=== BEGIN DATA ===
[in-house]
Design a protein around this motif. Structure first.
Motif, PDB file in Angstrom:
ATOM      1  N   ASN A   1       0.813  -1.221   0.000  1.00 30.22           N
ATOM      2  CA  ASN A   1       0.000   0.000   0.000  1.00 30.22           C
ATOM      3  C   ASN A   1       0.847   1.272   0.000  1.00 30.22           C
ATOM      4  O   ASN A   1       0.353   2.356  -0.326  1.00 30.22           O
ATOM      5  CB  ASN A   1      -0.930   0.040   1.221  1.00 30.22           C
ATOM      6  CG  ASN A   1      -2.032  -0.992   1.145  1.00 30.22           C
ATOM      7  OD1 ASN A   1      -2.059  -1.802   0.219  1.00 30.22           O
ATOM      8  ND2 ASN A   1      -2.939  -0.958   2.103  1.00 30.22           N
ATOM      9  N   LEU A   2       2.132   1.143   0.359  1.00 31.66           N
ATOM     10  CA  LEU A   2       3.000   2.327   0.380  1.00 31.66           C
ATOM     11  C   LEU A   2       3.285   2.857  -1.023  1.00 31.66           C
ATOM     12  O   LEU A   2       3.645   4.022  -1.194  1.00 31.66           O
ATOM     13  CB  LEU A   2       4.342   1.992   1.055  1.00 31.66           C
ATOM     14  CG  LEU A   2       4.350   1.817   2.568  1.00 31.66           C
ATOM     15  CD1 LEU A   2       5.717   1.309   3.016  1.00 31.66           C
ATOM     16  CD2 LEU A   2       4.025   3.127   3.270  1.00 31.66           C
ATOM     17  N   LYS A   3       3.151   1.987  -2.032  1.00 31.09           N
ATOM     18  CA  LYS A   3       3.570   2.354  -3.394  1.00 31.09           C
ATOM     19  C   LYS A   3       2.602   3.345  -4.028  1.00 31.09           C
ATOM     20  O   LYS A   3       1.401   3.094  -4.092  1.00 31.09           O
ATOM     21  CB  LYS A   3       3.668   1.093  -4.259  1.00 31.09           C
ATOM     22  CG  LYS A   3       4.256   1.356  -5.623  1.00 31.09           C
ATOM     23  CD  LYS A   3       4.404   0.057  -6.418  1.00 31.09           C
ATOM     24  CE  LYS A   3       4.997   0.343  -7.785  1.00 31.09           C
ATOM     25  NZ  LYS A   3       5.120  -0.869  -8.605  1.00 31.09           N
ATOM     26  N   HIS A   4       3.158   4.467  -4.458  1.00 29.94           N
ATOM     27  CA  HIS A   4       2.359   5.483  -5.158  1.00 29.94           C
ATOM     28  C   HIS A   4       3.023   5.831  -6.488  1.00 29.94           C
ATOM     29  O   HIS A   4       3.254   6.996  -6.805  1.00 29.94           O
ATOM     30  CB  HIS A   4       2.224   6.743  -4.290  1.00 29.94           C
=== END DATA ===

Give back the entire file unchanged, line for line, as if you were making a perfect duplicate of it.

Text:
[in-house]
Design a protein around this motif. Structure first.
Motif, PDB file in Angstrom:
ATOM      1  N   ASN A   1       0.813  -1.221   0.000  1.00 30.22           N
ATOM      2  CA  ASN A   1       0.000   0.000   0.000  1.00 30.22           C
ATOM      3  C   ASN A   1       0.847   1.272   0.000  1.00 30.22           C
ATOM      4  O   ASN A   1       0.353   2.356  -0.326  1.00 30.22           O
ATOM      5  CB  ASN A   1      -0.930   0.040   1.221  1.00 30.22           C
ATOM      6  CG  ASN A   1      -2.032  -0.992   1.145  1.00 30.22           C
ATOM      7  OD1 ASN A   1      -2.059  -1.802   0.219  1.00 30.22           O
ATOM      8  ND2 ASN A   1      -2.939  -0.958   2.103  1.00 30.22           N
ATOM      9  N   LEU A   2       2.132   1.143   0.359  1.00 31.66           N
ATOM     10  CA  LEU A   2       3.000   2.327   0.380  1.00 31.66           C
ATOM     11  C   LEU A   2       3.285   2.857  -1.023  1.00 31.66           C
ATOM     12  O   LEU A   2       3.645   4.022  -1.194  1.00 31.66           O
ATOM     13  CB  LEU A   2       4.342   1.992   1.055  1.00 31.66           C
ATOM     14  CG  LEU A   2       4.350   1.817   2.568  1.00 31.66           C
ATOM     15  CD1 LEU A   2       5.717   1.309   3.016  1.00 31.66           C
ATOM     16  CD2 LEU A   2       4.025   3.127   3.270  1.00 31.66           C
ATOM     17  N   LYS A   3       3.151   1.987  -2.032  1.00 31.09           N
ATOM     18  CA  LYS A   3       3.570   2.354  -3.394  1.00 31.09           C
ATOM     19  C   LYS A   3       2.602   3.345  -4.028  1.00 31.09           C
ATOM     20  O   LYS A   3       1.401   3.094  -4.092  1.00 31.09           O
ATOM     21  CB  LYS A   3       3.668   1.093  -4.259  1.00 31.09           C
ATOM     22  CG  LYS A   3       4.256   1.356  -5.623  1.00 31.09           C
ATOM     23  CD  LYS A   3       4.404   0.057  -6.418  1.00 31.09           C
ATOM     24  CE  LYS A   3       4.997   0.343  -7.785  1.00 31.09           C
ATOM     25  NZ  LYS A   3       5.120  -0.869  -8.605  1.00 31.09           N
ATOM     26  N   HIS A   4       3.158   4.467  -4.458  1.00 29.94           N
ATOM     27  CA  HIS A   4       2.359   5.483  -5.158  1.00 29.94           C
ATOM     28  C   HIS A   4       3.023   5.831  -6.488  1.00 29.94           C
ATOM     29  O   HIS A   4       3.254   6.996  -6.805  1.00 29.94           O
ATOM     30  CB  HIS A   4       2.224   6.743  -4.290  1.00 29.94           C